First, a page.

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Christopher Wool

Christopher Wool (born 1955) is an American artist. Since the 1980s, Wool's art has incorporated issues surrounding post-conceptual ideas. He lives and works in New York City and Marfa, Texas, together with his wife and fellow painter Charline von Heyl.

Wool was born in Chicago, Illinois to Glorye and Ira Wool, a molecular biologist and a psychiatrist.[2] He grew up in Chicago. In 1973, he moved to New York City and enrolled in Studio School studies with Jack Tworkov and Harry Krame. After a short period of formal training as a painter at the New York Studio School, he dropped out and immersed himself in the world of underground film and music. Between 1980 and 1984, he worked as part-time studio assistant to Joel Shapiro.

Wool is best known for his paintings of large, black, stenciled letters on white canvases.[6] Wool began to create word paintings in the late 1980s, reportedly after having seen graffiti on a brand new white truck. Using a system of alliteration, with the words often broken up by a grid system, or with the vowels removed (as in 'TRBL' or 'DRNK'), Wool's word paintings often demand reading aloud to make sense.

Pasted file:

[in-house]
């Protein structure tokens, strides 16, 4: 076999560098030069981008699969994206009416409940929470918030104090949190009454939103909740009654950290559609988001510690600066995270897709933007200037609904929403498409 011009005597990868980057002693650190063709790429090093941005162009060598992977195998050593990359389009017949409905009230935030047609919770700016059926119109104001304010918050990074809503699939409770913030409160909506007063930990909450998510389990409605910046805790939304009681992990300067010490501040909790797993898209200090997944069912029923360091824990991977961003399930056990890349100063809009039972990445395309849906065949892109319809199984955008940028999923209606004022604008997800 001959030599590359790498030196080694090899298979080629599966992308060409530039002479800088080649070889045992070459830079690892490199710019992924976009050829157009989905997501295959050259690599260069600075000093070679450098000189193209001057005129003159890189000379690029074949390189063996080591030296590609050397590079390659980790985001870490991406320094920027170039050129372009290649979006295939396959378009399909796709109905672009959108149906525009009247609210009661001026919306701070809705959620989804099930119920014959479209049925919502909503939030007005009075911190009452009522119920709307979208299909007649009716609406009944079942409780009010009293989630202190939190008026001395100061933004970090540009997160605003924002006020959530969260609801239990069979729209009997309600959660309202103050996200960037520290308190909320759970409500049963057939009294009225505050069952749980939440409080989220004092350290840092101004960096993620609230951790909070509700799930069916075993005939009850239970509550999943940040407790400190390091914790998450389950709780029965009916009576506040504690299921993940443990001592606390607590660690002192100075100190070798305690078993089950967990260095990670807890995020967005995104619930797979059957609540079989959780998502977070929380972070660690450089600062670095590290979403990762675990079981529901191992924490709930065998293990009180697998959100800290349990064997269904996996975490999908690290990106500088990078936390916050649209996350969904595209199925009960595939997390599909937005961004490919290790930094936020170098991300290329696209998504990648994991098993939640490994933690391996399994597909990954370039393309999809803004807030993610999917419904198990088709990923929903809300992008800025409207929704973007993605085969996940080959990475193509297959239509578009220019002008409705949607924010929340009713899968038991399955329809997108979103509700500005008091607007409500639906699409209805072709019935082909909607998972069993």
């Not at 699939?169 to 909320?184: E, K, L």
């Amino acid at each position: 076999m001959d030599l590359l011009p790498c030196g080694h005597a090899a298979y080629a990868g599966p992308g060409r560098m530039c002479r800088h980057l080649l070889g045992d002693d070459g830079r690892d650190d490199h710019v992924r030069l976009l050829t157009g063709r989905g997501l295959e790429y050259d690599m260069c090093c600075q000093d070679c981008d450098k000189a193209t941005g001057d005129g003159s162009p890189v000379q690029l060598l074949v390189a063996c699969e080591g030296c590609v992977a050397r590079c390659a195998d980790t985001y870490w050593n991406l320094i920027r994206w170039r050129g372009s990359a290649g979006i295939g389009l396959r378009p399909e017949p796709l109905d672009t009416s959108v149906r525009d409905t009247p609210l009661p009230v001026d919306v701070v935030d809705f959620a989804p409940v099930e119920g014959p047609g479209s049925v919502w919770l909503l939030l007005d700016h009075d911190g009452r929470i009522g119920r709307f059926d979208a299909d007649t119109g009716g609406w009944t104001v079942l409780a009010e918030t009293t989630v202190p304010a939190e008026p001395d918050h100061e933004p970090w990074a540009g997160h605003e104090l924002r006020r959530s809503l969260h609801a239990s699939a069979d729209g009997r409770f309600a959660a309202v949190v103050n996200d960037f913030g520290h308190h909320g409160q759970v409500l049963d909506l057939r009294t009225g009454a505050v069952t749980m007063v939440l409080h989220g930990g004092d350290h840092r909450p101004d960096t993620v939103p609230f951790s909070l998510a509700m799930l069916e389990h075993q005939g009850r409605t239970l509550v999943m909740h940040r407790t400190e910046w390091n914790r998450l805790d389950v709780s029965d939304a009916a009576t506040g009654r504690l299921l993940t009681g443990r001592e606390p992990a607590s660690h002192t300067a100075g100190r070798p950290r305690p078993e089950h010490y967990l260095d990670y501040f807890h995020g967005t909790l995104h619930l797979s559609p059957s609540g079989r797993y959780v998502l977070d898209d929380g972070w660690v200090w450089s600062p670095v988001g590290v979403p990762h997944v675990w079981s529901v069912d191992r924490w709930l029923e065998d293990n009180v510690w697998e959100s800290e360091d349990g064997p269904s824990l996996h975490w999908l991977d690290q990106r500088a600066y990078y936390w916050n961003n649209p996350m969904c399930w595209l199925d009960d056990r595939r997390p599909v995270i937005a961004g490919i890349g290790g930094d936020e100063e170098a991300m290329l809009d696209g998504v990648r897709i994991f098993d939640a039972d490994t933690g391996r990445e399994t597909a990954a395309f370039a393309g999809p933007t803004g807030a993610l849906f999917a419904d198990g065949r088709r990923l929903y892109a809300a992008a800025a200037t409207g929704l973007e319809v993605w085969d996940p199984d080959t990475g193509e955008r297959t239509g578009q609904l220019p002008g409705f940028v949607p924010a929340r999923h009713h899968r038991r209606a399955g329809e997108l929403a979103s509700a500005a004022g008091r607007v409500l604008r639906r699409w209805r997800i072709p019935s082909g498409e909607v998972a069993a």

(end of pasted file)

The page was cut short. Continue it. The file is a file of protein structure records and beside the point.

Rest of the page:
Christopher Wool, 2014 lithograph in colors on BFK Rives image: 19 h × 14½ w in (48 × 37 cm) sheet: 27 h × 22½ w in (69 × 57 cm) Signed, dated and numbered to lower edge ‘PP 2/4 Wool 2014’. This work is printer's proof 2 of 4 apart from the edition of 28 printed and published by Universal Limited Art Editions, New York.
Christopher Wool, Color screenprint on white wove paper, 2016. 800x700 mm; 31 1/2x27 1/2 inches (sheet), full margins. Edition of 495. Signed and dated in pencil, lower right.

Christopher Wool Seraphin Gallery, Philadelphia, PA


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